Books find us when we need them most.

Maine writer Cathie Pelletier learned that lesson as a young girl, when she received a copy of L. Frank Baum’s “The Wizard of Oz.”

Baum’s Oz was a wondrous place for a 9-year-old girl living in Allagash.

“Here in the land of pulp trucks, chain saws, lumberjacks and an ocean of evergreens, suddenly appeared flying monkeys, Munchkins and silver shoes, later turned to ruby slippers by Hollywood,” Pelletier recounted. “The road was now made of yellow bricks, not gravel or gray tar. And there was a field of red poppies growing nearby, instead of potato blossoms.”

The book changed Pelletier. In it, she found the magic of words and the ability to change her world with her imagination.

Pelletier’s sister, Joan, gave her that gift as a Christmas present. In this season of gift-giving, Pelletier and other Maine writers took a moment to reflect on books that have made some of the most meaningful gifts in their lives, because of the stories they carried or the relationships they represent.

Joan died this year, and Pelletier has been thinking about the wonderful world of Oz a lot. Things have come and gone in her life. Pelletier has left books and possessions behind in her travels. Her bookshelves are filled with novels, poetry, short stories, histories and memoirs that she has read, cherished and forgotten.

But that one little book and the world that opened to Pelletier because of it remain constants, and the book has become a metaphor for her life and sisterhood. “As what happened to Dorothy, my world unfolded with blinding color,” she said. “In just remembering the story I become a child again, locked in an isolated environment, until I turned those pages.”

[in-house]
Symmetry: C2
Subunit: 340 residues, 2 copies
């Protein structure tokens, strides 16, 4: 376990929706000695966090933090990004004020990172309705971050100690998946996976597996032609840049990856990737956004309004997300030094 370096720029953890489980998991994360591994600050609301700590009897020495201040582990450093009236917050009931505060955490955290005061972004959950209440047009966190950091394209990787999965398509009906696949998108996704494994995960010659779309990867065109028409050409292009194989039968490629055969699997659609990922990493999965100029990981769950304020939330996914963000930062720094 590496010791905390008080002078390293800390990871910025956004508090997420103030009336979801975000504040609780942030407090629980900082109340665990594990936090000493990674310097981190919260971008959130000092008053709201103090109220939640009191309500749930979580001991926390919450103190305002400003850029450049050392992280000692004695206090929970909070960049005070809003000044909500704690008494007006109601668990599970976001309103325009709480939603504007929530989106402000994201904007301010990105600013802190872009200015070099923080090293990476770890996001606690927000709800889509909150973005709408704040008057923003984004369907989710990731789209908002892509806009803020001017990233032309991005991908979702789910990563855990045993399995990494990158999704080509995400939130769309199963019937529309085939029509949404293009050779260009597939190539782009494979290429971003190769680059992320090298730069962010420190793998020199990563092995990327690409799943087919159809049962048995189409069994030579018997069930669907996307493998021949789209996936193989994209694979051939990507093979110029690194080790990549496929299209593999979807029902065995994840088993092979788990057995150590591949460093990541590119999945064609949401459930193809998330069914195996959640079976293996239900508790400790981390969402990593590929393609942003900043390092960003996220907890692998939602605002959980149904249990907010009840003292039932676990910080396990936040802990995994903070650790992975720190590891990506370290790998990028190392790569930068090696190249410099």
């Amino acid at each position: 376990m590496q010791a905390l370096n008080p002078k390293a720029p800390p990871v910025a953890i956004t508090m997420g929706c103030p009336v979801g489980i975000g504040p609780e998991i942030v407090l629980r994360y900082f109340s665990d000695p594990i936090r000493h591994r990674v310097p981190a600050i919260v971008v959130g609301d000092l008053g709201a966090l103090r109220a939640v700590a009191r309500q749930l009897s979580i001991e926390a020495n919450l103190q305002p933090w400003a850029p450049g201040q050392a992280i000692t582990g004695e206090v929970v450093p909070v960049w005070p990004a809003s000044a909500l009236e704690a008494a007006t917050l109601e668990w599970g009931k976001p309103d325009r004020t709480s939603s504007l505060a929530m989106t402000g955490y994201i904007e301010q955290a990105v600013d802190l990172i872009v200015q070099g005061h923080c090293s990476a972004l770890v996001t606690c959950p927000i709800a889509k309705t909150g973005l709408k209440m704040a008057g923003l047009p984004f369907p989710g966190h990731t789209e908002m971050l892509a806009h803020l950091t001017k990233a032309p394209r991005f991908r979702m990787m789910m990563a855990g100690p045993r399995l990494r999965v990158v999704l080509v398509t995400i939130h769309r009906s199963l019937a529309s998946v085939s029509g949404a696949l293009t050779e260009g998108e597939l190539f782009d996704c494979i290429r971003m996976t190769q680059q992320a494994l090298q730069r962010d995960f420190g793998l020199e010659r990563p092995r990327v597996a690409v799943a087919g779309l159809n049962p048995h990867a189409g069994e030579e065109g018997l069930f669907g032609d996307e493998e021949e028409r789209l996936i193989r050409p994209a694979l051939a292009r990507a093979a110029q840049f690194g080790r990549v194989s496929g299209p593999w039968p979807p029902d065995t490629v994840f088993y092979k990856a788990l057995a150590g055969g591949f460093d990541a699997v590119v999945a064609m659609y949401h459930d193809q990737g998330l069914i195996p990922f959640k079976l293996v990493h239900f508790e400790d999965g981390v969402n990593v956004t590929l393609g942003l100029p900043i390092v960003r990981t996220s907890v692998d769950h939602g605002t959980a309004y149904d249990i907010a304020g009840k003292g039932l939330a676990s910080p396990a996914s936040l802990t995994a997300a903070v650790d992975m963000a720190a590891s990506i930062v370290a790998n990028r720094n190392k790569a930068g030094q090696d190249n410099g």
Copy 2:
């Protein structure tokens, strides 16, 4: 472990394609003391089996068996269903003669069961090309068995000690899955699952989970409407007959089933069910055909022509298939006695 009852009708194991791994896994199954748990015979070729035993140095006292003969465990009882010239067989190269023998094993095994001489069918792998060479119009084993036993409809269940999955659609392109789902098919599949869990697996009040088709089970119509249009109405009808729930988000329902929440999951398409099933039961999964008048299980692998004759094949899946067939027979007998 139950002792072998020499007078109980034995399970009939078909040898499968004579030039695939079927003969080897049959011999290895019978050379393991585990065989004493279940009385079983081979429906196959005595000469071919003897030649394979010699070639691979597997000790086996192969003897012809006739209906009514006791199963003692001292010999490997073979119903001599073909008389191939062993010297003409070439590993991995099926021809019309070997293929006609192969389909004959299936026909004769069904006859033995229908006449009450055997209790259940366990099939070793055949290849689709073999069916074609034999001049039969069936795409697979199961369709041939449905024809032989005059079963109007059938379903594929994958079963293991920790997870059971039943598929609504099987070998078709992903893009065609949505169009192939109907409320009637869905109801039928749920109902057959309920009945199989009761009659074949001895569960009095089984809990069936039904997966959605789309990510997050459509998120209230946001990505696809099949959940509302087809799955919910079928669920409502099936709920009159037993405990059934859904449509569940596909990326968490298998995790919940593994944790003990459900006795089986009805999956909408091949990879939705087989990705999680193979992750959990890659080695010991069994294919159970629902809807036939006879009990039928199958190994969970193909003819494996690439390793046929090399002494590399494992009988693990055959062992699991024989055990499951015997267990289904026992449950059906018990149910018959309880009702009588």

When they come as a gift, the best books become a living thing. They breathe on the nightstand beside our bed and in our backpacks as we carry them around. After we’ve finished reading, we might keep the book out for a while, so we can return to it or share it with a friend, or even just to pick it up for the tactile pleasure of running our fingers over the cover.

Eventually, it takes its place on the bookshelf, collecting dust. But it never goes away. Monica Wood knows this as a fact. Her bookshelves are a mess, or as she describes them, “like the aftermath of a natural disaster. There is nothing in order.”

But if she went looking for “So Long, See You Tomorrow” by William Maxwell, she would find it right away because she would hear it calling out to her.

Wood, who lives in Portland, discovered the novel 16 years ago and thought it was one of the most beautiful books she had read. The book was a finalist for the Pulitzer Prize in 1981 and a year later won the National Book Award.

The book took on a different meaning when Wood received a copy signed by Maxwell as a gift from her friend and fellow writer, Amy MacDonald, who knew Wood well enough to feel confident the book would resonate. It became even more poignant soon after, when Maxwell died. Wood treasures her signed copy of the book and how it represents her friendship with MacDonald.

“When you receive a book, more than any other gift you feel chosen,” Wood said.

She never gives a book to a friend without reading it first – not to ensure its appropriateness necessarily, but so she knows what it’s about. The book becomes a common experience between friends, something to be shared and revisited over time. If it’s a gift to a child, the children’s book becomes a continuum between lives and generations.